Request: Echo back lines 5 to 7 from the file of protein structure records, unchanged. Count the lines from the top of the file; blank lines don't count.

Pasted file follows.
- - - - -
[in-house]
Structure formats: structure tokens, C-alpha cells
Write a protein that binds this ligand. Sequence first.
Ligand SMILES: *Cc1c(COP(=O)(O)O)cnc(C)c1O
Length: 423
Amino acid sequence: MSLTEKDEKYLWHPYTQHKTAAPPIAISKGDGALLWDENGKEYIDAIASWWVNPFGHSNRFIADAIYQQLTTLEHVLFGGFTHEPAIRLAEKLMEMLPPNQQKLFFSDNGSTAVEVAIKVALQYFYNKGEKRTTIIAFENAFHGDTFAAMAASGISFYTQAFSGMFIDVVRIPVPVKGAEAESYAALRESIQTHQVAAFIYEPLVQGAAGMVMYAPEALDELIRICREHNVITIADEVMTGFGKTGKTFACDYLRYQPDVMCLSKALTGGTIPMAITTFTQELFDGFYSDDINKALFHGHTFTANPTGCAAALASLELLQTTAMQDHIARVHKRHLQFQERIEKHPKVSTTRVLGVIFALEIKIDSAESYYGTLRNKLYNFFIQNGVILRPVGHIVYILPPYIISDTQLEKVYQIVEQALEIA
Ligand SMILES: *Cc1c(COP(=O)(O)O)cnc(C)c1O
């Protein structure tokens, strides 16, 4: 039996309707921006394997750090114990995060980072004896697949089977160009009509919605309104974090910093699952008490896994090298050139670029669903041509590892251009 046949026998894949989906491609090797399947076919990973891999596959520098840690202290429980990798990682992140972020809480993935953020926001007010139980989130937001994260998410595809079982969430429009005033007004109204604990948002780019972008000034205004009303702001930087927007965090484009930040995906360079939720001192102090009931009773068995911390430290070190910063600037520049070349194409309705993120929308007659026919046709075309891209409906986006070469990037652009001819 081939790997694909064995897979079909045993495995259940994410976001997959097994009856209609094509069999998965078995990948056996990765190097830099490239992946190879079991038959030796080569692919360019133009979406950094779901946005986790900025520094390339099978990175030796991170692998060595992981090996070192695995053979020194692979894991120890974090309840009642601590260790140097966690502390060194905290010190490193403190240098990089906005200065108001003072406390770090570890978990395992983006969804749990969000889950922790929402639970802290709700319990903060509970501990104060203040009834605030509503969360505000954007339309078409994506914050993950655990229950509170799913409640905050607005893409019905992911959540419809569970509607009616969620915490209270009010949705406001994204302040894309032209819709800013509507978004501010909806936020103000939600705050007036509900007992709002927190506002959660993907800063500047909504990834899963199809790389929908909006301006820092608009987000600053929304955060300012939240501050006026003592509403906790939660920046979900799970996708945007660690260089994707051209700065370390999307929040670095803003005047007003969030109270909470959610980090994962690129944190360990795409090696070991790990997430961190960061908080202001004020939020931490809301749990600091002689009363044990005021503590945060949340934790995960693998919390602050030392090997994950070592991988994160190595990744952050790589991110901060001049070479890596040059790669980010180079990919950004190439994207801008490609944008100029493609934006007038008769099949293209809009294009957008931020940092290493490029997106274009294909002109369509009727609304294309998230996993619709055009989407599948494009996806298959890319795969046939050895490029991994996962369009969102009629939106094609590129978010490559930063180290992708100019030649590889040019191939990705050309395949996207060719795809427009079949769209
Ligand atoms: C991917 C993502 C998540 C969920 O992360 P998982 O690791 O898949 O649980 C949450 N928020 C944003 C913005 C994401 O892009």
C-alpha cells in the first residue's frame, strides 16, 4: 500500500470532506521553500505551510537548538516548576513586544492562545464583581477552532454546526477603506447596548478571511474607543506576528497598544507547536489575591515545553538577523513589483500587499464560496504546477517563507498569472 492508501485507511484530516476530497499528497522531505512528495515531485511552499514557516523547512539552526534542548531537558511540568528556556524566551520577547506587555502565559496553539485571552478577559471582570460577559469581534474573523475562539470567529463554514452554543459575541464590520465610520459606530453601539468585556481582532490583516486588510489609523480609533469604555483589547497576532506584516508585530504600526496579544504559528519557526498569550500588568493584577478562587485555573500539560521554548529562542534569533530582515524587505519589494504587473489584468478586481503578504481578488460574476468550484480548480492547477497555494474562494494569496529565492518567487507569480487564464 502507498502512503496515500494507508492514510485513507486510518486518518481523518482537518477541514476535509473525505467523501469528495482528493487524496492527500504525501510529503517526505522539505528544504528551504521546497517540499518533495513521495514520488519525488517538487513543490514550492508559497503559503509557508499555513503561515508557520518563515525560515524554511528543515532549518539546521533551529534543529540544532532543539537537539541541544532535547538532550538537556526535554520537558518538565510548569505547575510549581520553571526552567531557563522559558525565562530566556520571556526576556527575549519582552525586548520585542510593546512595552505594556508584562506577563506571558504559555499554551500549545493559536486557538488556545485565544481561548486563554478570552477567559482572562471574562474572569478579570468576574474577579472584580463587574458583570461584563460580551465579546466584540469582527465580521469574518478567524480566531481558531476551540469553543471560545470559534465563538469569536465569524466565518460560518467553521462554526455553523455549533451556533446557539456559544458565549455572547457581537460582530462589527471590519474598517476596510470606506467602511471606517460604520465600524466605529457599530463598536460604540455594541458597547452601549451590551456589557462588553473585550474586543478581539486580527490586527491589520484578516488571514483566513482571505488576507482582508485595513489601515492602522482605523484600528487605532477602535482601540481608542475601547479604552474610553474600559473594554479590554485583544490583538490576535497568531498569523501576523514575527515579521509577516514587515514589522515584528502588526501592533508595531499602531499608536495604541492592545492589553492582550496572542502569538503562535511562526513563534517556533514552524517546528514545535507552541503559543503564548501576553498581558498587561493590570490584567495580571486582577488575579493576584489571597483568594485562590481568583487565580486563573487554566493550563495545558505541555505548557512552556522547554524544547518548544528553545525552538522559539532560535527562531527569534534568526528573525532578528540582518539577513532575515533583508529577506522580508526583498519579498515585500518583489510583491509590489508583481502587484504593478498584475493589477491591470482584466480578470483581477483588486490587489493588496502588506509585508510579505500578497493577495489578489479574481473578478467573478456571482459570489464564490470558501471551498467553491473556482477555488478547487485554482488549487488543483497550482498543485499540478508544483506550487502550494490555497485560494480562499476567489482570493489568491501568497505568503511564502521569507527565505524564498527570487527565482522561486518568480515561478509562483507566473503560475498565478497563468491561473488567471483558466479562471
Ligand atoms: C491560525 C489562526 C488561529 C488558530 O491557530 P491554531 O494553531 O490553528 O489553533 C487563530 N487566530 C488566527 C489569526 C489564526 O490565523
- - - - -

Length: 423
Amino acid sequence: MSLTEKDEKYLWHPYTQHKTAAPPIAISKGDGALLWDENGKEYIDAIASWWVNPFGHSNRFIADAIYQQLTTLEHVLFGGFTHEPAIRLAEKLMEMLPPNQQKLFFSDNGSTAVEVAIKVALQYFYNKGEKRTTIIAFENAFHGDTFAAMAASGISFYTQAFSGMFIDVVRIPVPVKGAEAESYAALRESIQTHQVAAFIYEPLVQGAAGMVMYAPEALDELIRICREHNVITIADEVMTGFGKTGKTFACDYLRYQPDVMCLSKALTGGTIPMAITTFTQELFDGFYSDDINKALFHGHTFTANPTGCAAALASLELLQTTAMQDHIARVHKRHLQFQERIEKHPKVSTTRVLGVIFALEIKIDSAESYYGTLRNKLYNFFIQNGVILRPVGHIVYILPPYIISDTQLEKVYQIVEQALEIA
Ligand SMILES: *Cc1c(COP(=O)(O)O)cnc(C)c1O